Monitor: SAMSUNG S22B300B 21.5 inch Full HD Wide LED

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Believe me, with the kind of orchestral stuff listed as planned, hard drive space will be a huge issue. I speak from experience, here.

Also, whatever drive you get will need to be halfway fast. Most modern hard drives should be alright, but personally I'd recommend at least a 7200 RPM spindle speed.

If you plan Orchestra stuff, the extra processing power goes a LONG WAY.

I would look into getting 12 or 16 GB RAM if you plan on doing heavy heavy orchestration

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Yes, Sonar 8 can install as 64-bit. There have been reports on the Cakewalk forums of Sonar 8 not working properly on Windows 7 (8.5 was the first version that officially supported Windows 7), so you might want to do some Googling to see if you're likely to be affected by that. Sonar X2 is coming out this fall, and if you upgrade to X1 now, they'll give you X2 when it comes out. A Studio to Studio upgrade is $99, so if Sonar 8 doesn't work for you, that's how much fixing it will set you back.

Regarding the computer, I would recommend a larger non-SSD drive. 240 GB is not a lot of room. Maybe I'm behind on the current chips, but I don't think i7s have Intel HD graphics. I think they actually need a video card. Not sure what's up with the specs in that regard. (EDIT: Eh, never mind -- looks like the newer i7s do in fact have integrated graphics.)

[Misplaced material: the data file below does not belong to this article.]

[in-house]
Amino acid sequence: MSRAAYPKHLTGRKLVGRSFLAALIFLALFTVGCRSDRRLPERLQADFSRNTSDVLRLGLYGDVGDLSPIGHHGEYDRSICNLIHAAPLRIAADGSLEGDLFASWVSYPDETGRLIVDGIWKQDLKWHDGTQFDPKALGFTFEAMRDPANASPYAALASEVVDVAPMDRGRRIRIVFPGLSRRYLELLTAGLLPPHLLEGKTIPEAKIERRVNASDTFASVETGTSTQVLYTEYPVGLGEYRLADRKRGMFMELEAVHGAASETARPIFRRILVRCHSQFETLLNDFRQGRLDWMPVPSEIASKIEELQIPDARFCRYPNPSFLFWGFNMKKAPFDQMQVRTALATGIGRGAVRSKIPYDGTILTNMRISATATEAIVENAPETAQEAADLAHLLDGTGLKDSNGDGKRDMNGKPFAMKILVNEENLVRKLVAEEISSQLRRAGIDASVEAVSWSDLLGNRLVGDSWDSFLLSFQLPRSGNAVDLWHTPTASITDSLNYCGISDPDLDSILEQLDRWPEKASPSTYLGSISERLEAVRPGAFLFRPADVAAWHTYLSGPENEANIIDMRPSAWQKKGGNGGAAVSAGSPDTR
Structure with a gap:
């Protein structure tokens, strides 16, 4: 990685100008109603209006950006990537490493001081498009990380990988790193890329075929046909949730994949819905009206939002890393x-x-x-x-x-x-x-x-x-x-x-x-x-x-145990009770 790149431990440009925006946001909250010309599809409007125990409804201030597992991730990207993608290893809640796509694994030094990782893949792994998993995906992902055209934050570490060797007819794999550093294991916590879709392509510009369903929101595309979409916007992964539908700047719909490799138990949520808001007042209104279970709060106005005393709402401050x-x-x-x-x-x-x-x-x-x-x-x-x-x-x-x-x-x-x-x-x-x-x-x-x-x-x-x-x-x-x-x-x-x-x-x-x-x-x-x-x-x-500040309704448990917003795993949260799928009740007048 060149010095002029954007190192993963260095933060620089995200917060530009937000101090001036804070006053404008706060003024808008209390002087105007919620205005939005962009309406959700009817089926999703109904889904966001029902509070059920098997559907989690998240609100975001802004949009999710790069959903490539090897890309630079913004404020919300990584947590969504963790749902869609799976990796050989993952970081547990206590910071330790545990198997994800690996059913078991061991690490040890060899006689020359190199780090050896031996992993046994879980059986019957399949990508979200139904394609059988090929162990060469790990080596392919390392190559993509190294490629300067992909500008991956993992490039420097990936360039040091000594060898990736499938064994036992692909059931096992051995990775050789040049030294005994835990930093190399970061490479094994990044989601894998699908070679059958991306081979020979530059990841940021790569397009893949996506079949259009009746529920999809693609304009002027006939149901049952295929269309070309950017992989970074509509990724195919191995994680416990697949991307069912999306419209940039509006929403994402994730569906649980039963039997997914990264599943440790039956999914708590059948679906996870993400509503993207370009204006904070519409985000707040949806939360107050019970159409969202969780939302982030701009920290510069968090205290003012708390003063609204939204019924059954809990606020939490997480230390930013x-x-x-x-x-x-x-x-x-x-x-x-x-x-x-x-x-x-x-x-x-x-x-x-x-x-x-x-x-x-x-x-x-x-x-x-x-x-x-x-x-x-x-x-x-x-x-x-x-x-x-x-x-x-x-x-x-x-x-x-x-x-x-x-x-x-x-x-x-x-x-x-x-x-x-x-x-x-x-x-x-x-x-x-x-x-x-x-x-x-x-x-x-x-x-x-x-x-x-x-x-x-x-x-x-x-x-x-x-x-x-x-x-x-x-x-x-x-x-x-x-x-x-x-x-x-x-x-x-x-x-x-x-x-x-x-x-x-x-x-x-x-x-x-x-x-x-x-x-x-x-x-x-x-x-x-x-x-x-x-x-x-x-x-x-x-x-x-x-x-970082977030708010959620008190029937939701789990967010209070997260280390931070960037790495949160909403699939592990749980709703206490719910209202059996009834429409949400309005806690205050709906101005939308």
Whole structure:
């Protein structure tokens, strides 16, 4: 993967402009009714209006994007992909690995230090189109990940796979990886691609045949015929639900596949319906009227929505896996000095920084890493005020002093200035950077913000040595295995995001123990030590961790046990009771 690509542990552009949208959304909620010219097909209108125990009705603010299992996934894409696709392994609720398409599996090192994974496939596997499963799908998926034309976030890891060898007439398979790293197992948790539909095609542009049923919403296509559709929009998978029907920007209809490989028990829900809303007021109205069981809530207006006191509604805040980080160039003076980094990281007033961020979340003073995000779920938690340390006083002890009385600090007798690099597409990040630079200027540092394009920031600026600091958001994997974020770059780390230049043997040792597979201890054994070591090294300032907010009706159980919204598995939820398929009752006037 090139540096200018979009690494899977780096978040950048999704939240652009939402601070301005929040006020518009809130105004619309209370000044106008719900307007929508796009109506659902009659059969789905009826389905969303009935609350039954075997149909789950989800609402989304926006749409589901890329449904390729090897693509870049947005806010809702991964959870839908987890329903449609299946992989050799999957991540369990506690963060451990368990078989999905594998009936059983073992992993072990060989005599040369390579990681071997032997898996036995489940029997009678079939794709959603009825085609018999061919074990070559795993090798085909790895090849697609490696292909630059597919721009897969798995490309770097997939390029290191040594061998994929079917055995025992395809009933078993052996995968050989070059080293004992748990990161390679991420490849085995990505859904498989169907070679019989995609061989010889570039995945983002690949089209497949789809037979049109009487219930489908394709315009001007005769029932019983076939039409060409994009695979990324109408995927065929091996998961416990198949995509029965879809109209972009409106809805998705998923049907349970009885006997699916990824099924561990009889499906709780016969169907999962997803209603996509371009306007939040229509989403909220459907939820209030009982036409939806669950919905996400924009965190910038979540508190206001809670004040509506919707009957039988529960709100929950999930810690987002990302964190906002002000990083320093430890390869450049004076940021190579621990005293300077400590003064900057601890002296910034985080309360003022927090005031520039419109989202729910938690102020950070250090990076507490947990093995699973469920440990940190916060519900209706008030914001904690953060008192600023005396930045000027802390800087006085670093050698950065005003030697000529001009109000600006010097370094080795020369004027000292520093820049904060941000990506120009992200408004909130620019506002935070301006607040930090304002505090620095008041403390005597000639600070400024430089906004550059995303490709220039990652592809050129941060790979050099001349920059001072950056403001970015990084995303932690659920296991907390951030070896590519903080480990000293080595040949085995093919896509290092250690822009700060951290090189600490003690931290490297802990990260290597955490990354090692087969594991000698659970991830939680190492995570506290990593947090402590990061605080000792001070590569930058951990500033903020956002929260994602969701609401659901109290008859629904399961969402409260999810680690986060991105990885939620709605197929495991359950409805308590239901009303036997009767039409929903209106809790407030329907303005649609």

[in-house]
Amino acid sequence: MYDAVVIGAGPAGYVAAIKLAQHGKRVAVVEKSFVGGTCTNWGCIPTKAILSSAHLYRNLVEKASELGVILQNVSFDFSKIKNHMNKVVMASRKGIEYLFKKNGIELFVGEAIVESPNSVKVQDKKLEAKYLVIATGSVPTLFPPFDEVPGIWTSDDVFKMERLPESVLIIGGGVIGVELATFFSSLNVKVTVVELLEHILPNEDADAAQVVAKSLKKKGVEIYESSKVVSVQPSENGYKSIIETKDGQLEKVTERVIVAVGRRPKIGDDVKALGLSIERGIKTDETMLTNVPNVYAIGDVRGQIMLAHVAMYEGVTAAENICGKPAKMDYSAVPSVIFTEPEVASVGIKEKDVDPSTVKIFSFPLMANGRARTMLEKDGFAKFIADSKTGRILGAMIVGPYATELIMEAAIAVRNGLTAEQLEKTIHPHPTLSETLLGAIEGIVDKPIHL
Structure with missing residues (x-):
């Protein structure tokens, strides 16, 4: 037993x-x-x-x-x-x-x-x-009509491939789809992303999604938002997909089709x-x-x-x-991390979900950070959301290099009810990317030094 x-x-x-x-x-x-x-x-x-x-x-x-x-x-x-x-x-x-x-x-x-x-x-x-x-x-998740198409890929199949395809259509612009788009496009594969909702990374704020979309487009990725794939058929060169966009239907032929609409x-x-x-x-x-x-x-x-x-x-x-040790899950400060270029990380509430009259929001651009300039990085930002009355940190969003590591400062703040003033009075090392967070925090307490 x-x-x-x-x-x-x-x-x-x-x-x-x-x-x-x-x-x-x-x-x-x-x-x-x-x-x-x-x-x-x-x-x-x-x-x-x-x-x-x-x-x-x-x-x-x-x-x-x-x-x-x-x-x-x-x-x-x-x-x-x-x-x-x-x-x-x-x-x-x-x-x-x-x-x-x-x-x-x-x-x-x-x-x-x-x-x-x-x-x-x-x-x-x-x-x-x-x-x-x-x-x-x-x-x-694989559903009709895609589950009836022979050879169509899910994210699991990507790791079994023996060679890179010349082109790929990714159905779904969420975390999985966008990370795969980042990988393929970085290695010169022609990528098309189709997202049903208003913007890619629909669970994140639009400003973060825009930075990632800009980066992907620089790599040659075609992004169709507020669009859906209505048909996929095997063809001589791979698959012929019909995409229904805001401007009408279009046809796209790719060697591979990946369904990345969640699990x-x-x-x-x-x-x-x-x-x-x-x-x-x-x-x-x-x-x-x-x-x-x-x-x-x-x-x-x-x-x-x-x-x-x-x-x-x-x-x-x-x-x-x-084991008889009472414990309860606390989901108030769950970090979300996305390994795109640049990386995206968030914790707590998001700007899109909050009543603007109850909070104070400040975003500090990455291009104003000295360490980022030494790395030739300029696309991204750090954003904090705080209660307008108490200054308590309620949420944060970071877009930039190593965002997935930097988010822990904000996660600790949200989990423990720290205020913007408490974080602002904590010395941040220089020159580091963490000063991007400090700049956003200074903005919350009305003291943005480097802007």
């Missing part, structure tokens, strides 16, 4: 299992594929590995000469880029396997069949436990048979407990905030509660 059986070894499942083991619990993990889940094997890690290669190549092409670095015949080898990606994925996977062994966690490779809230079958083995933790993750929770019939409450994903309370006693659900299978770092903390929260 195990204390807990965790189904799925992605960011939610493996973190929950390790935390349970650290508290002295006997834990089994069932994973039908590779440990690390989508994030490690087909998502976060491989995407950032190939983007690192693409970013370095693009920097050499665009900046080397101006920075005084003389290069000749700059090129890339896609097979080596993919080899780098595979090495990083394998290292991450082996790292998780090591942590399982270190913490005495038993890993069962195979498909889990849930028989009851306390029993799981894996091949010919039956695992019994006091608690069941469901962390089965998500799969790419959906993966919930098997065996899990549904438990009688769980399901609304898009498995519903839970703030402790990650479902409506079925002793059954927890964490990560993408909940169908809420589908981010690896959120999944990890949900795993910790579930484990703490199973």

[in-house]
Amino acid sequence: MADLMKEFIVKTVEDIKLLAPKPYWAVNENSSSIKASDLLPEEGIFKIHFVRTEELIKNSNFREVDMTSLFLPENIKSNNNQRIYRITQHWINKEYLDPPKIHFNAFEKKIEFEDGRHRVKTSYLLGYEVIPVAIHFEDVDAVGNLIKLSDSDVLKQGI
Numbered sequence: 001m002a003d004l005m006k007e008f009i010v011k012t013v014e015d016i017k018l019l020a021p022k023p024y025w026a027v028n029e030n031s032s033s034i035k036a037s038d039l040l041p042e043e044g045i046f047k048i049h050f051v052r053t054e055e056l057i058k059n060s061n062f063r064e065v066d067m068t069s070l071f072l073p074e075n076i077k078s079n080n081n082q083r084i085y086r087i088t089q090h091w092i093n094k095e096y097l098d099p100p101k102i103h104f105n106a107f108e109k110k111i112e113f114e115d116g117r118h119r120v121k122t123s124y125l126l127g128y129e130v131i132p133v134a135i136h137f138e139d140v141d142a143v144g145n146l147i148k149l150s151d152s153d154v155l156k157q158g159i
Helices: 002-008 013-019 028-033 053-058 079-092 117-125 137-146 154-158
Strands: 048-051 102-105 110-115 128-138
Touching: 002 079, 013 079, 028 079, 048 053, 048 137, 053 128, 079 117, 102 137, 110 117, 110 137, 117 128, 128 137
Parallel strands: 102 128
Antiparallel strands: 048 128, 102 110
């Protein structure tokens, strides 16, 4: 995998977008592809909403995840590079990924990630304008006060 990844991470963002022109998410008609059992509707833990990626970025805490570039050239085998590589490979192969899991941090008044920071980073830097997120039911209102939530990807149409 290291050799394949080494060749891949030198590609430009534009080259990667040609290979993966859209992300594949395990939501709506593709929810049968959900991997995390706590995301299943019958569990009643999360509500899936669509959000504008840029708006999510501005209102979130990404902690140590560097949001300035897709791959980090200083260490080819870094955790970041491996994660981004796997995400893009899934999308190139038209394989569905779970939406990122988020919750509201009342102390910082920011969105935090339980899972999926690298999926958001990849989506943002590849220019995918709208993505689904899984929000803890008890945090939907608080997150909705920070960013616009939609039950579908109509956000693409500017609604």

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The specifications for a great music PC would be similar to the following:

  • a multi-core processor like an Intel Core i7-3770

  • 16 GB (or more) of ram which is cheap

  • 1 TB (or more) of hard drive space on a 7200RPM HDD, preferrably Western Digital

  • no video card, Intel HD 4000 goes a long way and can definitely display a DAW screen

  • don't get a sound card unless you need I/O

I fixed it! Woo!

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If you plan Orchestra stuff, the extra processing power goes a LONG WAY.

I would look into getting 12 or 16 GB RAM if you plan on doing heavy heavy orchestration

My studio PC is running xp with the max of 4gb of ram. I use EWQLSO and Play has been a huge pain in the ass lately for me. Even if all other synths are frozen, a quick bounce to audio will many times have cuts in the sound.

However, there are always ways to work around it. I wouldn't recommend building an underpowered computer for what you want to do at all but you always have options. For example, I can run two or three instances of play perfectly so I would create a bunch of audio tracks for each instrument then bounce to audio, place it in the track, then change what's on play to the next instrument. Going back and forth like that is time consuming and adds a few extra steps which can hurt work flow but it allows me to work within my limitations. I just don't get too fancy with the various settings on play because i would have to reprogram them every time i recorded.